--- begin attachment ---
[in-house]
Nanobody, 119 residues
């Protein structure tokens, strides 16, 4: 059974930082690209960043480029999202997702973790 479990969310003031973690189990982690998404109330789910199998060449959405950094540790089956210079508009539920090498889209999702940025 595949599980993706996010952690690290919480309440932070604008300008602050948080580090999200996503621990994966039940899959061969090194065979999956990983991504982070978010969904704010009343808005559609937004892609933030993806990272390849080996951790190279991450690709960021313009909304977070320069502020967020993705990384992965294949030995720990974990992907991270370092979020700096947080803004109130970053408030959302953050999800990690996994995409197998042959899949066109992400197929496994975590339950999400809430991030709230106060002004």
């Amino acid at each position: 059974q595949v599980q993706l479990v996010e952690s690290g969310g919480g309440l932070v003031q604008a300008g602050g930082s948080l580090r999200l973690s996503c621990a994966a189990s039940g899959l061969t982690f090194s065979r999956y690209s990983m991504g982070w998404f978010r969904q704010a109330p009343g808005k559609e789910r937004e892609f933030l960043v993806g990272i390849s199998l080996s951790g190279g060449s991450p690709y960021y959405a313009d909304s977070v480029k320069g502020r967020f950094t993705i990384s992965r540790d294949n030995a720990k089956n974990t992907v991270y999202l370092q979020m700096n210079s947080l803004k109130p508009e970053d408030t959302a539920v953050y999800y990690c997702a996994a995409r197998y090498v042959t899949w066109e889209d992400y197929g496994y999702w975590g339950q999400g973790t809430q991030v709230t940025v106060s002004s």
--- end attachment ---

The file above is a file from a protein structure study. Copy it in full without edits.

[in-house]
Nanobody, 119 residues
């Protein structure tokens, strides 16, 4: 059974930082690209960043480029999202997702973790 479990969310003031973690189990982690998404109330789910199998060449959405950094540790089956210079508009539920090498889209999702940025 595949599980993706996010952690690290919480309440932070604008300008602050948080580090999200996503621990994966039940899959061969090194065979999956990983991504982070978010969904704010009343808005559609937004892609933030993806990272390849080996951790190279991450690709960021313009909304977070320069502020967020993705990384992965294949030995720990974990992907991270370092979020700096947080803004109130970053408030959302953050999800990690996994995409197998042959899949066109992400197929496994975590339950999400809430991030709230106060002004």
């Amino acid at each position: 059974q595949v599980q993706l479990v996010e952690s690290g969310g919480g309440l932070v003031q604008a300008g602050g930082s948080l580090r999200l973690s996503c621990a994966a189990s039940g899959l061969t982690f090194s065979r999956y690209s990983m991504g982070w998404f978010r969904q704010a109330p009343g808005k559609e789910r937004e892609f933030l960043v993806g990272i390849s199998l080996s951790g190279g060449s991450p690709y960021y959405a313009d909304s977070v480029k320069g502020r967020f950094t993705i990384s992965r540790d294949n030995a720990k089956n974990t992907v991270y999202l370092q979020m700096n210079s947080l803004k109130p508009e970053d408030t959302a539920v953050y999800y990690c997702a996994a995409r197998y090498v042959t899949w066109e889209d992400y197929g496994y999702w975590g339950q999400g973790t809430q991030v709230t940025v106060s002004s």